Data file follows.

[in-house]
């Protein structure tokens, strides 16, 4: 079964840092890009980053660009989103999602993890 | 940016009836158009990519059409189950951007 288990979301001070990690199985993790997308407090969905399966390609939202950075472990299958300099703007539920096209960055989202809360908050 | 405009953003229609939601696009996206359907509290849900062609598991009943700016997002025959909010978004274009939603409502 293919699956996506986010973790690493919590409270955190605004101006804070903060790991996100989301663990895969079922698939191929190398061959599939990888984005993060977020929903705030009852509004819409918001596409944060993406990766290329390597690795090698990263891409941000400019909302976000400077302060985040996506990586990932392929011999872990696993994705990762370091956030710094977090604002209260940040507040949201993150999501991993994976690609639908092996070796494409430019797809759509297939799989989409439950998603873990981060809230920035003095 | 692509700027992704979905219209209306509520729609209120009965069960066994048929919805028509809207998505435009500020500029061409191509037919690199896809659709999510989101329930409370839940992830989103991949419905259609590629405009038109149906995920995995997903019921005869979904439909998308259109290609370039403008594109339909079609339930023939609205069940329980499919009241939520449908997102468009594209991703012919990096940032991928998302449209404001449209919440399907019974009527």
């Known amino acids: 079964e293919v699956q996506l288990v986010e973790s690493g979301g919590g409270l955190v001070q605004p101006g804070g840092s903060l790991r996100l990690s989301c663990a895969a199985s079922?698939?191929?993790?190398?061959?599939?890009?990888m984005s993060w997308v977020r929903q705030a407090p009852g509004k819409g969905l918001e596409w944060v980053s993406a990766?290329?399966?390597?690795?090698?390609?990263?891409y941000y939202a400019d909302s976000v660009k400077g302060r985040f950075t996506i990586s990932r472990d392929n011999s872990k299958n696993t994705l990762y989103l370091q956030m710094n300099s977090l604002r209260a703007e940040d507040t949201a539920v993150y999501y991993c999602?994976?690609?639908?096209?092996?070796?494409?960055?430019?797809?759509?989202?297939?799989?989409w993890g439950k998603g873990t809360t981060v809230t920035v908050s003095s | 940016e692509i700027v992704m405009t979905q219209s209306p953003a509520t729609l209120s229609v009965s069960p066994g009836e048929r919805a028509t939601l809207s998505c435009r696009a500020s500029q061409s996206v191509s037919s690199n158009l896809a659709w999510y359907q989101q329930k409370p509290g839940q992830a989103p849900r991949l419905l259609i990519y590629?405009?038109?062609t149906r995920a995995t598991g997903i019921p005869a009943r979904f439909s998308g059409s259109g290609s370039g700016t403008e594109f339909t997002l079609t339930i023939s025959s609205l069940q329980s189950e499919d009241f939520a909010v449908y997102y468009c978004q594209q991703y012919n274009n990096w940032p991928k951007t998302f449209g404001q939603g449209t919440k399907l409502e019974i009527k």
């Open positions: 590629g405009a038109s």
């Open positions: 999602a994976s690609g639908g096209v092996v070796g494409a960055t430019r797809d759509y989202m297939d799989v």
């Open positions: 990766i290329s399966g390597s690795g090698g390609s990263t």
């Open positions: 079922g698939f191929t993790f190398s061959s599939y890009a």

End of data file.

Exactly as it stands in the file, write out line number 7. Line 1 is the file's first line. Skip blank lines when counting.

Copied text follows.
């Open positions: 079922g698939f191929t993790f190398s061959s599939y890009a």